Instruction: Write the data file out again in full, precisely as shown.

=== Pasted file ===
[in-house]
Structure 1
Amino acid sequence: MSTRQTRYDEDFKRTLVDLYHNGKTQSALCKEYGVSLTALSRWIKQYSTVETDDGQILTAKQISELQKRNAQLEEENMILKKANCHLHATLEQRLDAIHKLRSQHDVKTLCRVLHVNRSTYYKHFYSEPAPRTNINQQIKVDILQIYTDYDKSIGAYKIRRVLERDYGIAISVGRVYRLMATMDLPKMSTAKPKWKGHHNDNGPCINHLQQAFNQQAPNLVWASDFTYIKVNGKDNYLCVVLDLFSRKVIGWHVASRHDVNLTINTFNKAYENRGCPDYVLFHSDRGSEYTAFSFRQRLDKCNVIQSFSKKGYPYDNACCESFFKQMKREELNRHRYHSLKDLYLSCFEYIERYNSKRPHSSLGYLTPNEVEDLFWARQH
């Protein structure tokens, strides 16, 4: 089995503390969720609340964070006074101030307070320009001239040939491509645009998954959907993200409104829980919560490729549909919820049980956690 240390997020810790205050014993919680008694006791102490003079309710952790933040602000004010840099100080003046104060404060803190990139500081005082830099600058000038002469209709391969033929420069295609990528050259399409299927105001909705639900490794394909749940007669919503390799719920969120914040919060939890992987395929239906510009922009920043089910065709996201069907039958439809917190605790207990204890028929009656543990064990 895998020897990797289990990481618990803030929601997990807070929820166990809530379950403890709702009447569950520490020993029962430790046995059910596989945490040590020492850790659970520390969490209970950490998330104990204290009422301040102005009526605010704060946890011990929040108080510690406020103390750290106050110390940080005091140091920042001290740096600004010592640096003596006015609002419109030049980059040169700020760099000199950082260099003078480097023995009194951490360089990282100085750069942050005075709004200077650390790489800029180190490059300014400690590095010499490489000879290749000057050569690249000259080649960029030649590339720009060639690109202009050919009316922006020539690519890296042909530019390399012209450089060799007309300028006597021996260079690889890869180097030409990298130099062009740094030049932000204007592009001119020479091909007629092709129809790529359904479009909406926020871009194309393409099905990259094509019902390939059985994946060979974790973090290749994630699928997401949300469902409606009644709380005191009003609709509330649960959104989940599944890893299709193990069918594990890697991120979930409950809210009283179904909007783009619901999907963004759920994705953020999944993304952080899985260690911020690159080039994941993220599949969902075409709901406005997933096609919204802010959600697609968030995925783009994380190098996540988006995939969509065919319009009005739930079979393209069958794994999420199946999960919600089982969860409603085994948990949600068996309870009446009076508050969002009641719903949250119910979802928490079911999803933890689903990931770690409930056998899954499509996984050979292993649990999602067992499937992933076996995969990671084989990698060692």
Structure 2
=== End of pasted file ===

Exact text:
[in-house]
Structure 1
Amino acid sequence: MSTRQTRYDEDFKRTLVDLYHNGKTQSALCKEYGVSLTALSRWIKQYSTVETDDGQILTAKQISELQKRNAQLEEENMILKKANCHLHATLEQRLDAIHKLRSQHDVKTLCRVLHVNRSTYYKHFYSEPAPRTNINQQIKVDILQIYTDYDKSIGAYKIRRVLERDYGIAISVGRVYRLMATMDLPKMSTAKPKWKGHHNDNGPCINHLQQAFNQQAPNLVWASDFTYIKVNGKDNYLCVVLDLFSRKVIGWHVASRHDVNLTINTFNKAYENRGCPDYVLFHSDRGSEYTAFSFRQRLDKCNVIQSFSKKGYPYDNACCESFFKQMKREELNRHRYHSLKDLYLSCFEYIERYNSKRPHSSLGYLTPNEVEDLFWARQH
């Protein structure tokens, strides 16, 4: 089995503390969720609340964070006074101030307070320009001239040939491509645009998954959907993200409104829980919560490729549909919820049980956690 240390997020810790205050014993919680008694006791102490003079309710952790933040602000004010840099100080003046104060404060803190990139500081005082830099600058000038002469209709391969033929420069295609990528050259399409299927105001909705639900490794394909749940007669919503390799719920969120914040919060939890992987395929239906510009922009920043089910065709996201069907039958439809917190605790207990204890028929009656543990064990 895998020897990797289990990481618990803030929601997990807070929820166990809530379950403890709702009447569950520490020993029962430790046995059910596989945490040590020492850790659970520390969490209970950490998330104990204290009422301040102005009526605010704060946890011990929040108080510690406020103390750290106050110390940080005091140091920042001290740096600004010592640096003596006015609002419109030049980059040169700020760099000199950082260099003078480097023995009194951490360089990282100085750069942050005075709004200077650390790489800029180190490059300014400690590095010499490489000879290749000057050569690249000259080649960029030649590339720009060639690109202009050919009316922006020539690519890296042909530019390399012209450089060799007309300028006597021996260079690889890869180097030409990298130099062009740094030049932000204007592009001119020479091909007629092709129809790529359904479009909406926020871009194309393409099905990259094509019902390939059985994946060979974790973090290749994630699928997401949300469902409606009644709380005191009003609709509330649960959104989940599944890893299709193990069918594990890697991120979930409950809210009283179904909007783009619901999907963004759920994705953020999944993304952080899985260690911020690159080039994941993220599949969902075409709901406005997933096609919204802010959600697609968030995925783009994380190098996540988006995939969509065919319009009005739930079979393209069958794994999420199946999960919600089982969860409603085994948990949600068996309870009446009076508050969002009641719903949250119910979802928490079911999803933890689903990931770690409930056998899954499509996984050979292993649990999602067992499937992933076996995969990671084989990698060692």
Structure 2